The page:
“I hope we’ll see increasing interest in and more thoughtful use of some of the really smart multifactor products and more strategic fixed income betas. We could see some spicy stuff in the bond ETF world. These types of products offer a really great opportunity for issuers to work with advisors and participate more in the portfolio construction and idea gathering process.”
Jobs in ETFs (JiE): From degrees in journalism and political science to investment director at WST Capital Management, tell us about your career path.
Elizabeth Marchetti (EM): Born and raised in Jackson, Mississippi, mine has been a slightly unusual career path – you can thank Mississippi for Rock & Roll and the modern American novel but it’s not at all a hub for Financial Services and definitely not the institutional Asset Management world that I eventually ended up in.
Graduating from Boston University at 20 with political science & journalism degrees, the plan was to be a lawyer at some point, but I landed in the industry through an entry level client service admin job at Wellington a large private, global asset management firm. At the time I had little or no personal history with investing, had never taken a business class and was literally vague on the differences between a stock and a bond and knew nothing about capital markets but the Wellington approach is to find the right people for their organization and go from there.
I fell totally in love with the industry which had a lot to do with the way Wellington looks at the world and how they approach research which was fascinating to me. My time there formed my concept of investing and problem solving and, most importantly, a belief that integrity can and must exist even at a firm of that size.
Personal circumstances prompted my next 2 moves, first to San Diego, where I joined a small cap boutique firm called Rice Hall James, starting my transition towards the investment side in a role bridging the gap between portfolio management and business development and subsequently to WST in Norfolk, Virginia. I joined in a business development role but have pretty much worn every hat over the past 4 years every front office role in both business development and investments, and become deeply involved in strategy, management and operations.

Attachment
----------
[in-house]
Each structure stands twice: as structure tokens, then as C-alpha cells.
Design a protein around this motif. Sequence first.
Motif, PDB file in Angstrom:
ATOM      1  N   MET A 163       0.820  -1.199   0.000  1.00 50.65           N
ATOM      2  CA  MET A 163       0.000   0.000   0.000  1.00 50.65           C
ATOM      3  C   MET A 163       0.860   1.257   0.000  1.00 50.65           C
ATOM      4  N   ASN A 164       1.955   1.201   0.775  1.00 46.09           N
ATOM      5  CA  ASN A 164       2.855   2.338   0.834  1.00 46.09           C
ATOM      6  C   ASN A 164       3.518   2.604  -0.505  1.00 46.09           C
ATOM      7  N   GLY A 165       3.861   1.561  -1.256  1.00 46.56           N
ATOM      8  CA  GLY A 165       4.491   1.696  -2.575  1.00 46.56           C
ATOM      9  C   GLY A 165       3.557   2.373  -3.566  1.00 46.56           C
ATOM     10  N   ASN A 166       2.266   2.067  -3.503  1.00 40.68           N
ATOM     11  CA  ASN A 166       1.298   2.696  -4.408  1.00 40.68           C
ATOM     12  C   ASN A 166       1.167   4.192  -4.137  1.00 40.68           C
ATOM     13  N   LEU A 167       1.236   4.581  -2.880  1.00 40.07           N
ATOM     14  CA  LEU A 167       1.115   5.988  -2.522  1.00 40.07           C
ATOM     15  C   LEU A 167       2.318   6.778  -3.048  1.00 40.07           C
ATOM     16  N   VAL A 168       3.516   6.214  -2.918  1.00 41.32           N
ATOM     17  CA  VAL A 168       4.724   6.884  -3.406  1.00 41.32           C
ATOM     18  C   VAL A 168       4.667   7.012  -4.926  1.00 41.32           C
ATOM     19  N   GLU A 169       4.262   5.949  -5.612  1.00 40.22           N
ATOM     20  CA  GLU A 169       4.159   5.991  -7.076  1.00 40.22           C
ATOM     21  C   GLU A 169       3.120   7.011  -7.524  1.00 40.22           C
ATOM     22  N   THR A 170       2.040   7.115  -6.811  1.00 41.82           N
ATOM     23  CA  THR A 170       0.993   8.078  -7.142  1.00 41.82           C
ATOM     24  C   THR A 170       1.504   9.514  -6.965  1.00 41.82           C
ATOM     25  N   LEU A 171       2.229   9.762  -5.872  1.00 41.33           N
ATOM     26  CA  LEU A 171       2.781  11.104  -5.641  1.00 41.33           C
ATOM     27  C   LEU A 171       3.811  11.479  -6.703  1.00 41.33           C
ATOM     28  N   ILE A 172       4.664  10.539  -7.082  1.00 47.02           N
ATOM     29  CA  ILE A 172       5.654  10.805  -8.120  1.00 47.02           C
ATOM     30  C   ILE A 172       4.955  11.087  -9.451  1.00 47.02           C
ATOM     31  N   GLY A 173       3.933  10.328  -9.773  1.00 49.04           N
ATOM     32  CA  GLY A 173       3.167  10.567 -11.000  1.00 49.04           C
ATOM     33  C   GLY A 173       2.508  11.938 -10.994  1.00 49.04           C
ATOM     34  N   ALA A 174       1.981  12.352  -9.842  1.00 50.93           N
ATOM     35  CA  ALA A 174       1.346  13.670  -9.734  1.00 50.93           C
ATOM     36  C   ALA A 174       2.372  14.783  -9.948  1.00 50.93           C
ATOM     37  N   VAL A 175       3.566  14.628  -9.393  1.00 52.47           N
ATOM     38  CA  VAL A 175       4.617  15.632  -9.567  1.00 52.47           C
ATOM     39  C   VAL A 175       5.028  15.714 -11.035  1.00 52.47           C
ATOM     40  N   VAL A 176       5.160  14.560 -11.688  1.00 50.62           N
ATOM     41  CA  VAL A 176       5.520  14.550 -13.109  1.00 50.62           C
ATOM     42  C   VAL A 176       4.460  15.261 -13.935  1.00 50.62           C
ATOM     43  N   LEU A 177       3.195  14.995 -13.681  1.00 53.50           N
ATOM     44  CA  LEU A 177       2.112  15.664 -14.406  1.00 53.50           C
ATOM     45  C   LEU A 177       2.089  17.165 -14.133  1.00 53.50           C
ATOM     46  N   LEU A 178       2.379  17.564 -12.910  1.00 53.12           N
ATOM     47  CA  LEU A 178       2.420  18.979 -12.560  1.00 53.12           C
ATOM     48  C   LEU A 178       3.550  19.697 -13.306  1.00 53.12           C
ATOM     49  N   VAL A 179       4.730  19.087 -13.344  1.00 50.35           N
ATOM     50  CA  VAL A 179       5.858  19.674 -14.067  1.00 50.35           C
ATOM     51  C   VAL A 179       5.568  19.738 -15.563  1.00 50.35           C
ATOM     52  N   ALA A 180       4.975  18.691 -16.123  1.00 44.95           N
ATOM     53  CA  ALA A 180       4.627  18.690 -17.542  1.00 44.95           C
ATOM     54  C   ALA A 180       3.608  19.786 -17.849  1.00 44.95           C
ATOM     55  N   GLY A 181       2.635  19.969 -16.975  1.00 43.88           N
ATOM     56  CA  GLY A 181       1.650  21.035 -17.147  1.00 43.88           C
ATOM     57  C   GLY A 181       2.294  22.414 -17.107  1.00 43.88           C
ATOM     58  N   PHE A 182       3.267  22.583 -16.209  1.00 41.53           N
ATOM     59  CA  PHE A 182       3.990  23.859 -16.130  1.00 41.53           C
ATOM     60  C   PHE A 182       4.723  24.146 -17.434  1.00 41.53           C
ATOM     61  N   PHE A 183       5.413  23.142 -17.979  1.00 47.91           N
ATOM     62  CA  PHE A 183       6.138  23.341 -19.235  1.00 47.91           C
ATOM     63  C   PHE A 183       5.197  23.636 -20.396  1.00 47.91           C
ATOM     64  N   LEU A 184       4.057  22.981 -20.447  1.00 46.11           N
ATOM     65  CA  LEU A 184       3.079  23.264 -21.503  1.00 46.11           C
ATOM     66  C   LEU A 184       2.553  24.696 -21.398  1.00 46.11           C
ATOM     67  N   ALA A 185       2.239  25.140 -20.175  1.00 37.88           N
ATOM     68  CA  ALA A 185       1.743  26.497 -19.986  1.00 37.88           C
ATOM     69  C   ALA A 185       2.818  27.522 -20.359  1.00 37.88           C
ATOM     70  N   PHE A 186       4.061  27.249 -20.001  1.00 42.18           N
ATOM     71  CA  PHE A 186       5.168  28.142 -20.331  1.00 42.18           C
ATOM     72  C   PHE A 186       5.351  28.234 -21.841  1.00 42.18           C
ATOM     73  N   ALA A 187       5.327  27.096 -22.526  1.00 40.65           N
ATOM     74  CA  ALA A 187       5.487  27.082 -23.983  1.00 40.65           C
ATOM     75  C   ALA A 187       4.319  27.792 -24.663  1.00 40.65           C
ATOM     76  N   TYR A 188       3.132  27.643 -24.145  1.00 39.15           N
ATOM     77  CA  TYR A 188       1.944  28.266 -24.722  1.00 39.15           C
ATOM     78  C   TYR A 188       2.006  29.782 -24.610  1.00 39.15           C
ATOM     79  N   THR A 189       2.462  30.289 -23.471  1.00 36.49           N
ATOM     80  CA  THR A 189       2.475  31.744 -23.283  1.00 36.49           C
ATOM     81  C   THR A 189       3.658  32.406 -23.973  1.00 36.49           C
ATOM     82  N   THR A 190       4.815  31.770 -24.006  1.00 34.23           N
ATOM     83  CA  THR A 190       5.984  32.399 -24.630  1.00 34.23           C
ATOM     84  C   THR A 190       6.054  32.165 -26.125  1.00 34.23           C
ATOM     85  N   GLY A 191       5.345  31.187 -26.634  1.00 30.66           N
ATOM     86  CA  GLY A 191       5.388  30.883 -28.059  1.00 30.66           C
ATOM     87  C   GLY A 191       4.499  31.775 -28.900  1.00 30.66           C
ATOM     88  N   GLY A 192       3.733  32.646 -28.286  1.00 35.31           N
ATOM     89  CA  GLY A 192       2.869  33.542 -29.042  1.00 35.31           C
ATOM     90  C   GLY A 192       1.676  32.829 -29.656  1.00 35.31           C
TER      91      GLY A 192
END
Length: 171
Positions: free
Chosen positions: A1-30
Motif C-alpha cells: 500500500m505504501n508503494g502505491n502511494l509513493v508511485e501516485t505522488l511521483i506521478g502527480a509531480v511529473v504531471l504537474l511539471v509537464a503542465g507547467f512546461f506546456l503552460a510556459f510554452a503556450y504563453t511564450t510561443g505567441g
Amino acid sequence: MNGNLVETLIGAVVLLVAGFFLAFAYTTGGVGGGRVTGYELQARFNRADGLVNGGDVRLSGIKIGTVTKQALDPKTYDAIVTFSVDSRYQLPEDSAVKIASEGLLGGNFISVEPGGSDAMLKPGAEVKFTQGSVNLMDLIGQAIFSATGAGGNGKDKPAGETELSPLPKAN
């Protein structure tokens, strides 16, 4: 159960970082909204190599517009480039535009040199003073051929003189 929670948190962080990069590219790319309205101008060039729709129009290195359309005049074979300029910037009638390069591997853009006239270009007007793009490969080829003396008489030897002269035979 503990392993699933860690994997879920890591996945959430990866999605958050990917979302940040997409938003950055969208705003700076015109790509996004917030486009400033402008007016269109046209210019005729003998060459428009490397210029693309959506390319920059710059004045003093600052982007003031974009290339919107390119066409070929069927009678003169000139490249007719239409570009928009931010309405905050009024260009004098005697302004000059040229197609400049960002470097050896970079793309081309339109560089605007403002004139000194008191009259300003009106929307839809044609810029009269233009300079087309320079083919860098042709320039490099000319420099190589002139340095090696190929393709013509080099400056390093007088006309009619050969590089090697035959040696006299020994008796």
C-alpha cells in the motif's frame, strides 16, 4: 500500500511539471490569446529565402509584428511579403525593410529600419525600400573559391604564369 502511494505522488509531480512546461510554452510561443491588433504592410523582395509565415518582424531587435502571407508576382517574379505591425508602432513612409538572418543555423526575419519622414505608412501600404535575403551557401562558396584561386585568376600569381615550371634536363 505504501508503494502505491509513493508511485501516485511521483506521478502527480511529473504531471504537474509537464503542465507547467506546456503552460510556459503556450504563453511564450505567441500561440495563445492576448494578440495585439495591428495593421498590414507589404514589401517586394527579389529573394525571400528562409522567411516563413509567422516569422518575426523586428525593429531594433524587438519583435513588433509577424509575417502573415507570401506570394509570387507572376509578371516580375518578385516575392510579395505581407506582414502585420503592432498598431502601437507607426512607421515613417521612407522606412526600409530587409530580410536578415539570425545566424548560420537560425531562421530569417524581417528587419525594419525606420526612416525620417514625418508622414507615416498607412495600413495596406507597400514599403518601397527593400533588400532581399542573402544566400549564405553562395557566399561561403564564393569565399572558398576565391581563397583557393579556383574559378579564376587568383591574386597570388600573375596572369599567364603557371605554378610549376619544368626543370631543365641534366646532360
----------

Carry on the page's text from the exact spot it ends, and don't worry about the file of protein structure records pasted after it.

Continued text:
From a very random and fortunate introduction to the industry, I’ve been lucky to land at three firms that are very different in terms of focus, approach and size but where I worked under really competent, generous, leadership, benefitting from their interest in my development.
JiE: Biggest challenge of your career to date and how did you navigate?
EM: The biggest challenge in my career has been at my current role related to learning the type of client we deal with. WST Capital Management is the tactical ETF strategists division of Wilbanks Smith & Thomas Asset Management which is an almost $4 Bn RIA where thecore business is wealth management and provision of sub advisory service for taxable clients.
At both Wellington and Rice Hall James I had worked almost exclusively with institutional clients with little or no exposure to taxable clients and literally did not understand taxes as a friction that has to be considered in investment thinking. An investment idea is only as good as it is suitable and worth the cost or consequences implementing it and taxes completely alter the case for an investment idea. You can have a really intuitive macro story or a great investment case but I’ve had to learn a lot about balancing my sense of what’s worthwhile and implementable in taxable portfolios – I’m still learning a ton every single day thanks to some very patient, colleagues and peers.
JiE: What is the best bit of advice you’ve received in your career?